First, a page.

Cox recently unveiled new technology in Phoenix and Tucson that empowers people with disabilities to control their TV with their eyes. The Accessible Web Remote for Contour gives those who have lost fine motor skills — whether from degenerative conditions or paralysis — the ability to browse the video guide with a glance.
Specifically, a free web-based tool is navigable using various assistive technologies already owned by customers, including eye gaze hardware and software, switch controls, and sip-and-puff systems that the user controls by gently blowing into a tube.
Eye-tracking technology gives people living with conditions like paraplegia, Parkinson’s disease and amyotrophic lateral sclerosis (ALS) the same access to their TVs as customers with the latest edition of Contour.
“Innovative technology like this gives people with disabilities an added level of independence,” says Steve Gleason, founder of Team Gleason and former New Orleans Saints football player who has been living with ALS since 2011. “We appreciate that companies like Cox continue to empower their users by adopting products like the Accessible Web Remote, which allows every customer to do something most people take for granted, like controlling their TV.”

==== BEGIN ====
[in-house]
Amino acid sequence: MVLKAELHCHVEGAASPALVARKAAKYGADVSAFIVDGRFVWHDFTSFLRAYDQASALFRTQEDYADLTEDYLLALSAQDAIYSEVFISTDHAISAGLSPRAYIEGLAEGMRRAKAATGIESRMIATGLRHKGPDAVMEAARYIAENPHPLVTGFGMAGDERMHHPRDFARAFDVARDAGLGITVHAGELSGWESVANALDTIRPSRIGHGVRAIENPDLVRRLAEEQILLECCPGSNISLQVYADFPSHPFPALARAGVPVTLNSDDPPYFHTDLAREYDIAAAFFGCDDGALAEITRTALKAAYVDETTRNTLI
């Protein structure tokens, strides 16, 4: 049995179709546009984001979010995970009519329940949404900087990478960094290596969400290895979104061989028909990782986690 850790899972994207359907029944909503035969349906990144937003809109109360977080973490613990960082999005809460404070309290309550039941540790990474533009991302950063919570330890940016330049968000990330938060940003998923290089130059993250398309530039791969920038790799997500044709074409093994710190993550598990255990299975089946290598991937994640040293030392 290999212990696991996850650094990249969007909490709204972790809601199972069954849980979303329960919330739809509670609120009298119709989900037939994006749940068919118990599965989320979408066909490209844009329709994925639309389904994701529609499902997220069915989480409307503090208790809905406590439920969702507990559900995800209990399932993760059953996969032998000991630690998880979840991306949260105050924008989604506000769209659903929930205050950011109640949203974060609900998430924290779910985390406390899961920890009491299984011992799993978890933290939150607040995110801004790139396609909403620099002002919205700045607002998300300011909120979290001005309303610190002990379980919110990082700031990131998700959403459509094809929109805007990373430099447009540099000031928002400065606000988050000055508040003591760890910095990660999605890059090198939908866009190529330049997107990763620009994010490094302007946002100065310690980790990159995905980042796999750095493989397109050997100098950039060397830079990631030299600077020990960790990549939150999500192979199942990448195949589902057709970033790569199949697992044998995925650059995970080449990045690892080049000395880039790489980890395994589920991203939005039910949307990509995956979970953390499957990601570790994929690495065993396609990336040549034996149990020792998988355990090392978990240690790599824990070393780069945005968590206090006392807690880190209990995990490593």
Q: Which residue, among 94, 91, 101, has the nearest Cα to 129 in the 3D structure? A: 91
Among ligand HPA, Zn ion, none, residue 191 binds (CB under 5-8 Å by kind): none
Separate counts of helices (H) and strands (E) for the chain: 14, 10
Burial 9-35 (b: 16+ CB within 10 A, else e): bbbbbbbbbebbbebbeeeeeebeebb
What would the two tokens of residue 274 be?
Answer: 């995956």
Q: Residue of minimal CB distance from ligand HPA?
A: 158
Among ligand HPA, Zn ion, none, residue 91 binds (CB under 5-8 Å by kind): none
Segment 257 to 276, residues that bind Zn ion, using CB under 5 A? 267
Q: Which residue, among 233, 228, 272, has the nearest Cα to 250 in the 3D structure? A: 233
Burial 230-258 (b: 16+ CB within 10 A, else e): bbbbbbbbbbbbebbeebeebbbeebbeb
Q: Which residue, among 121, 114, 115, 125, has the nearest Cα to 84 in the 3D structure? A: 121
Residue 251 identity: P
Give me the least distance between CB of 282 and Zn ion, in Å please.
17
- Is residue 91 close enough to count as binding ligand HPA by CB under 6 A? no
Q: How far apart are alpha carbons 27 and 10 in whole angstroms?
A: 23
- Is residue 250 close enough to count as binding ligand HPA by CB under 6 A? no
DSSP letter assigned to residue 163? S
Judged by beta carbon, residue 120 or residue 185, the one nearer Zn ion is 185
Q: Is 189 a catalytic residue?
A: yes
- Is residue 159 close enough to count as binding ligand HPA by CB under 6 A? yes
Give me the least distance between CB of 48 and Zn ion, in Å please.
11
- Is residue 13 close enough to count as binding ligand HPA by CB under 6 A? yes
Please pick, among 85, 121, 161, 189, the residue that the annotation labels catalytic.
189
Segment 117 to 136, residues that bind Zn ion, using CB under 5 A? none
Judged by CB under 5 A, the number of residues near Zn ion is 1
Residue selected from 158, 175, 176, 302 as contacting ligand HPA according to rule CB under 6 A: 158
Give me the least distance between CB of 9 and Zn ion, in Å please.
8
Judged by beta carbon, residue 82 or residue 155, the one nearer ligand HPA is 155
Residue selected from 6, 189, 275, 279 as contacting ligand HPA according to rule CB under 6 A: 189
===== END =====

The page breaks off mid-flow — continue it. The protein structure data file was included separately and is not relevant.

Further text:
According to the Bureau of Internet Accessibility, approximately 16% of people in the United States have difficulties with their physical functioning, making things like using a traditional TV remote either a challenge or impossible, depending on the condition. Throughout the last three years, Cox has partnered with organizations like Team Gleason to ensure accessible design and development of its products, increase awareness and education, and improve processes and procedures focusing on disability inclusion.
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